Essentially, they've been afraid of the base of the Republican Party, which has been bonded to Donald Trump over the last a couple of years. But now we see some of that frame. You see some sniping at Donald Trump, the idea that maybe he shouldn't even announce a heading into Tuesday, given the fact that there was a Georgia runoff coming up on December 6, but we know he is a person who likes to suck up all the oxygen.

He likes to take credit. He likes to have the sort of the roar of the crowd in so far, even though there is this distancing, I think, from some Republicans from Donald Trump. It doesn't seem like that is necessarily a trickle down to the base of the Republican Party and now will be the big question.

CHALIAN: Wolf, we should just note, though, that December 6 run off in Georgia now, it's an entirely different race.


CHALIAN: Battle for control of the United States senate is not going to hang on that, it's going to be a little less engaged in that probably not as much money spent, not that it's people, important to the people of Georgia and not that Chuck Schumer would rather have 51 and 50 and not have to go to Joe Manchin for every single thing. But we're having power sharing agreement with Mitch McConnell. So it has ramifications. It's important, but without control of the senate hanging on Georgia now, that will become an entirely different race.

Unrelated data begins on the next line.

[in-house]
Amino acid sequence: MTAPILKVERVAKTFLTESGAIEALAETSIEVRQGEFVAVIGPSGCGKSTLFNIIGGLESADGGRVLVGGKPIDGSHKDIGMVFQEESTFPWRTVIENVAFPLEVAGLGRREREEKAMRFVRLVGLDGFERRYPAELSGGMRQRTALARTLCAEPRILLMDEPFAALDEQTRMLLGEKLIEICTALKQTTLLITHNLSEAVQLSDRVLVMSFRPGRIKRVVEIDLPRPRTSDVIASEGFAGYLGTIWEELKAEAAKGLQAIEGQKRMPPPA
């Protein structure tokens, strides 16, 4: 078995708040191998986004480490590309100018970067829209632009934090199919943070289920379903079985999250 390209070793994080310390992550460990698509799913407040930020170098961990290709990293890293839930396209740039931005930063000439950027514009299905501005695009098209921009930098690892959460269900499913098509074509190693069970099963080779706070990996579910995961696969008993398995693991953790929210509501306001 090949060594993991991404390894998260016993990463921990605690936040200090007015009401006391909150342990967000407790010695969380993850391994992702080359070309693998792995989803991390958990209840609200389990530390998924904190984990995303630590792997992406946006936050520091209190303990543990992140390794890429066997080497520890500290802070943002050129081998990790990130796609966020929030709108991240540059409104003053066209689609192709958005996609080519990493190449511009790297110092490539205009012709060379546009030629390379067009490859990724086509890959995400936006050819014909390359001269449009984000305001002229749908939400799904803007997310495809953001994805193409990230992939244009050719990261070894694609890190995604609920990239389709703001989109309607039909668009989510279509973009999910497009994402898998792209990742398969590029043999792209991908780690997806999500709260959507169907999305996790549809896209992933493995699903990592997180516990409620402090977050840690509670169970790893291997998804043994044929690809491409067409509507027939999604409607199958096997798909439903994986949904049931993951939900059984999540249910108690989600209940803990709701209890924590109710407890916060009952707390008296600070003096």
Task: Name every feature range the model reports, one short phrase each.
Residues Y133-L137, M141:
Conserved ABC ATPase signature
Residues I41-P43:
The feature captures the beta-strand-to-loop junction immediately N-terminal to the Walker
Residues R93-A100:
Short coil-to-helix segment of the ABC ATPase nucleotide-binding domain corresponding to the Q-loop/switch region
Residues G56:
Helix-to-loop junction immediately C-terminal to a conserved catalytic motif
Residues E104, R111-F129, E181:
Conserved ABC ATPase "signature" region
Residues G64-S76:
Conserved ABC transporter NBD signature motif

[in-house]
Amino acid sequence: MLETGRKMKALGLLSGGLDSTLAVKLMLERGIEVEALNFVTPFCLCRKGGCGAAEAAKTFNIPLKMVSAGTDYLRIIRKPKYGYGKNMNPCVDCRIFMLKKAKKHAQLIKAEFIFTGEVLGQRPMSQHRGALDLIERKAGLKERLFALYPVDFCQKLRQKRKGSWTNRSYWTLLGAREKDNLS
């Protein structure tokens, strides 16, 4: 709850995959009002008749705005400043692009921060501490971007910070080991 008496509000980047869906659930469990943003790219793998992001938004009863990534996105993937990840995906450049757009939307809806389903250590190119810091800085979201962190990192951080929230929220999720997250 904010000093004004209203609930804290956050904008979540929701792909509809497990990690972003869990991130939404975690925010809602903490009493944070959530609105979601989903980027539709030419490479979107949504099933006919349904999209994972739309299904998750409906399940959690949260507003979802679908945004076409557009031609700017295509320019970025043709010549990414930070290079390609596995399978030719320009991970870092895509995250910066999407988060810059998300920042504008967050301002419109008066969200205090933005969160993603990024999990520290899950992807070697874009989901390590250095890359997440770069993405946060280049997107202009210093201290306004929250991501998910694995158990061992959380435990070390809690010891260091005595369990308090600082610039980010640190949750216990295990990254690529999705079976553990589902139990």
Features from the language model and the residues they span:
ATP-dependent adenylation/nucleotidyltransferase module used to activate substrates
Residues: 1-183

BLITZER: 100 percent.

BORGER: And you know one thing the one Republican Victor and all of this as we look back on this election is Rick DeSantis.

HENDERSON: Ron DeSantis, right.

BORGER: Ron, sorry Rick. Ron DeSantis, somebody who won--

BLITZER: The Governor of Florida.

BORGER: Yes, who won overwhelmingly, double digits and lots of Republicans are now talking about as the heir apparent. So we don't know how that's going to turn out. We don't know what Donald Trump's future holds right now. But I would have to say that Ron DeSantis is somebody who rises above the pack.

BLITZER: Let's get some more reaction. This is major, major breaking news. We've just projected that Senator Catherine Cortez Masto will be reelected defeating the Challenger Adam Laxalt. And as a result, we've now projected that the Democrats will maintain their majority in the United States senate. Ashley Allison is joining us right now. Let me get your reaction first, Ashley.